Obesity and Gastroesophageal Reflux Disease

Man with indigestion
Image Source/Getty Images

Gastroesophageal reflux disease (GERD) is also commonly referred to as “acid reflux.” It describes a chronic disease of the digestive system in which stomach acid or even stomach contents can flow backward, or reflux, into the esophagus (the “food pipe” that connects your throat to your stomach).  

The symptoms of GERD can be experienced as heartburn, regurgitation, nausea, burping or even coughing, especially upon lying down to sleep.

Sometimes symptoms of GERD can also include difficulty swallowing, sore throat or hoarseness.

Causes of GERD

There are numerous causes of GERD, but one of the most common causes is obesity. Other causes include smoking, hiatal hernia (when the stomach slips up or bulges up into the diaphragm), pregnancy, diabetes, delayed stomach emptying, congenital disorders, and connective tissue disorders such as scleroderma, among others.

The Link Between Obesity and GERD

Obesity has been found to be associated with three related esophageal disorders: GERD, Barrett’s esophagus and esophageal cancer. Researchers have also found that the risk and intensity of acid reflux rises with increasing body mass index (BMI).

While the incidence of GERD is more common in obese individuals, the exact mechanism by which obesity causes acid reflux is still uncertain, and remains an area of active research.

Losing Weight Can Help

One of the most effective lifestyle changes for the management of GERD is weight loss.

In one recent study, researchers discovered that a majority of people who were overweight or obese had complete resolution of their GERD symptoms when they followed a structured weight-loss program that included dietary and behavioral changes as well as physical activity. The more weight that was lost, the greater the improvement in GERD symptoms.

In another study, weight loss by calorie restriction and increased physical activity resulted in significant improvement in GERD symptoms.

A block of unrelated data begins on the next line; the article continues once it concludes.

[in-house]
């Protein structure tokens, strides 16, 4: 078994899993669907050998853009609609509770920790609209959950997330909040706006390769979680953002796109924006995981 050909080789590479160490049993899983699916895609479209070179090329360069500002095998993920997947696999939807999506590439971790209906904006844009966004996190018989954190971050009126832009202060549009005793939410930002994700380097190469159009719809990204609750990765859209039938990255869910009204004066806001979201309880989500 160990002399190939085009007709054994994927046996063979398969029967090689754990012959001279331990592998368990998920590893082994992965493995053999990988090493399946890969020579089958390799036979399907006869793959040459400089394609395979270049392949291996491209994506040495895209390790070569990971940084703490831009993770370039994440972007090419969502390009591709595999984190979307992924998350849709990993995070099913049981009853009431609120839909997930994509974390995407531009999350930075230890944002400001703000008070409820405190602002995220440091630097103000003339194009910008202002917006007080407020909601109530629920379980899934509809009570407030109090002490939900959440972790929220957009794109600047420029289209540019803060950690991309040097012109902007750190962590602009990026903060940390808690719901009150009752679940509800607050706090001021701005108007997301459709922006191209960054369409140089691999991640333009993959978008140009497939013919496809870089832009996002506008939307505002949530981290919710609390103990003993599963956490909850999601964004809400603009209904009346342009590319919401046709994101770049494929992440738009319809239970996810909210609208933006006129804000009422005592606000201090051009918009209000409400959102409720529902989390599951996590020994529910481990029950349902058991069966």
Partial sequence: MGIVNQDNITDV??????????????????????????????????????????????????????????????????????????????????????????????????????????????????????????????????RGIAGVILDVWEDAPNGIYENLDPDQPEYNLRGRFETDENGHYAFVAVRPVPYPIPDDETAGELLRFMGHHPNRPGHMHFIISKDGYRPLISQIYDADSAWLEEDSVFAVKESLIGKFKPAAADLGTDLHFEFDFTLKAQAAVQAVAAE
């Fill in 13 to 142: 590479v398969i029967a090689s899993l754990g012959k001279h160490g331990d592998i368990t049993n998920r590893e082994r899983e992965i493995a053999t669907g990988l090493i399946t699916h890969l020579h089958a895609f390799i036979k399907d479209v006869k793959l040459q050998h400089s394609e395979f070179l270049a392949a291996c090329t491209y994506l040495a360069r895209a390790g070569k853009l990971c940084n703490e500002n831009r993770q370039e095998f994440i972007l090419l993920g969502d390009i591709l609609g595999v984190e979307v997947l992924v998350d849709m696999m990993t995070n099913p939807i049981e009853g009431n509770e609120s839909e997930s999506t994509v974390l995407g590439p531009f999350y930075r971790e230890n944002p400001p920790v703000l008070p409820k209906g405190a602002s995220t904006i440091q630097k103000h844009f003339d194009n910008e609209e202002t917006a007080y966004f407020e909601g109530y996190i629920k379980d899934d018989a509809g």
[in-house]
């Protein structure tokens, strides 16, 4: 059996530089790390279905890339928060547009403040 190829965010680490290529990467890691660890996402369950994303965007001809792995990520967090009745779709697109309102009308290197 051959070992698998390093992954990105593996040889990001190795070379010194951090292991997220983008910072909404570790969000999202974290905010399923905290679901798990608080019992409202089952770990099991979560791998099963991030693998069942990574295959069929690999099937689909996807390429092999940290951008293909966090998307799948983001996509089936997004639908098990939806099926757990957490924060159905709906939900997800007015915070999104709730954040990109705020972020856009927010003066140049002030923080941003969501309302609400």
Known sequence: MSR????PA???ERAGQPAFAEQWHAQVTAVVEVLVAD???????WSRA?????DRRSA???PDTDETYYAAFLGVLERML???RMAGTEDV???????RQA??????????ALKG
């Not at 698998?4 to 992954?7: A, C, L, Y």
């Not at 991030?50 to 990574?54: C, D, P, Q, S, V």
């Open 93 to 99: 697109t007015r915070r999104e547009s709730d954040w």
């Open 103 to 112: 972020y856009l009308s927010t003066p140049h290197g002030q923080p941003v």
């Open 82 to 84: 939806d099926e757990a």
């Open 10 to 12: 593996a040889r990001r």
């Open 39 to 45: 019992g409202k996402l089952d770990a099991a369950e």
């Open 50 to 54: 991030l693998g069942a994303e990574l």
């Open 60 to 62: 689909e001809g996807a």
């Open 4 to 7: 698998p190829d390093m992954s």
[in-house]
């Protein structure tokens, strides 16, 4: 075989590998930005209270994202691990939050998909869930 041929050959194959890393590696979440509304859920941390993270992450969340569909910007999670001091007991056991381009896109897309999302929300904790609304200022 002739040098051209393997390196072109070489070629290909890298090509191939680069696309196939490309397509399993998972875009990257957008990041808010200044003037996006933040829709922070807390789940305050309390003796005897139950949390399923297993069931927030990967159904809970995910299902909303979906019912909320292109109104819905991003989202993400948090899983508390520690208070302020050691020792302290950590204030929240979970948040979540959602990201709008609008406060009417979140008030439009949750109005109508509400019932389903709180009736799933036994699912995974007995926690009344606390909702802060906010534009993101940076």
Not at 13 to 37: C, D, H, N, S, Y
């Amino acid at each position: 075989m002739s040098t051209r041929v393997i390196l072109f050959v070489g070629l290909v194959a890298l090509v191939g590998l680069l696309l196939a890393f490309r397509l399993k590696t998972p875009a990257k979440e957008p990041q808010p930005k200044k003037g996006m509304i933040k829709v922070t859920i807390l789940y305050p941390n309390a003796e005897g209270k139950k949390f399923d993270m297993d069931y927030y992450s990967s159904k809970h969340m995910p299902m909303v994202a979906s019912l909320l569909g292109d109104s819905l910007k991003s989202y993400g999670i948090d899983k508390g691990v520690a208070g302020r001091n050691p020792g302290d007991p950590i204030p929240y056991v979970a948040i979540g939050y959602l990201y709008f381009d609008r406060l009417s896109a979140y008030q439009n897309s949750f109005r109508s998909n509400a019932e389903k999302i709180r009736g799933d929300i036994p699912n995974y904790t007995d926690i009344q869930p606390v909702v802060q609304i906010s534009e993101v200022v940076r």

Other studies that focused on patients with morbid obesity who underwent gastric bypass surgery found that GERD symptoms improved as a result of the significant weight loss caused by the gastric bypass surgery. Inflammation of the esophagus, known as esophagitis, was improved as well.

Thus, by all indications, losing weight can significantly improve symptoms of acid reflux, and may, in turn, reduce the long-term risk of other esophageal disorders, such as esophageal cancer, that have been tied to obesity.


Kushner N and Kushner R. Obesity & heartburn: what is the link? Accessed online at http://www.obesityaction.org/educational-resources/resource-articles-2/obesity-related-diseases/obesity-heartburn-what-is-the-link on April 16, 2015.

Akyuz F, Uyanikoglu A, Ermis F, Arici S, et al. Gastroesophageal reflux in asymptomatic obese subjects: An esophageal impedance-pH study. World J Gastroenterol 2015;21:3030-4.

Devendran N, Chauhan N, Armstrong D, Upton AR, Kamath MV. GERD and obesity: is the autonomic nervous system the missing link? Crit Rev Biomed Eng 2014;42:17-24.

Madalosso CA, Gurski RR, Callegari-Jacques SM, et al. The impact of gastric bypass on gastroesophageal reflux disease in morbidly obese patients. Ann Surg 2015 Jan 20. [Epub ahead of print]

Tai CM, Lee YC, Wu MS, et al. The effect of Roux-en-Y gastric bypass on gastroesophageal reflux disease in morbidly obese Chinese patients. Obes Surg 2009;19:565-70.

Continue Reading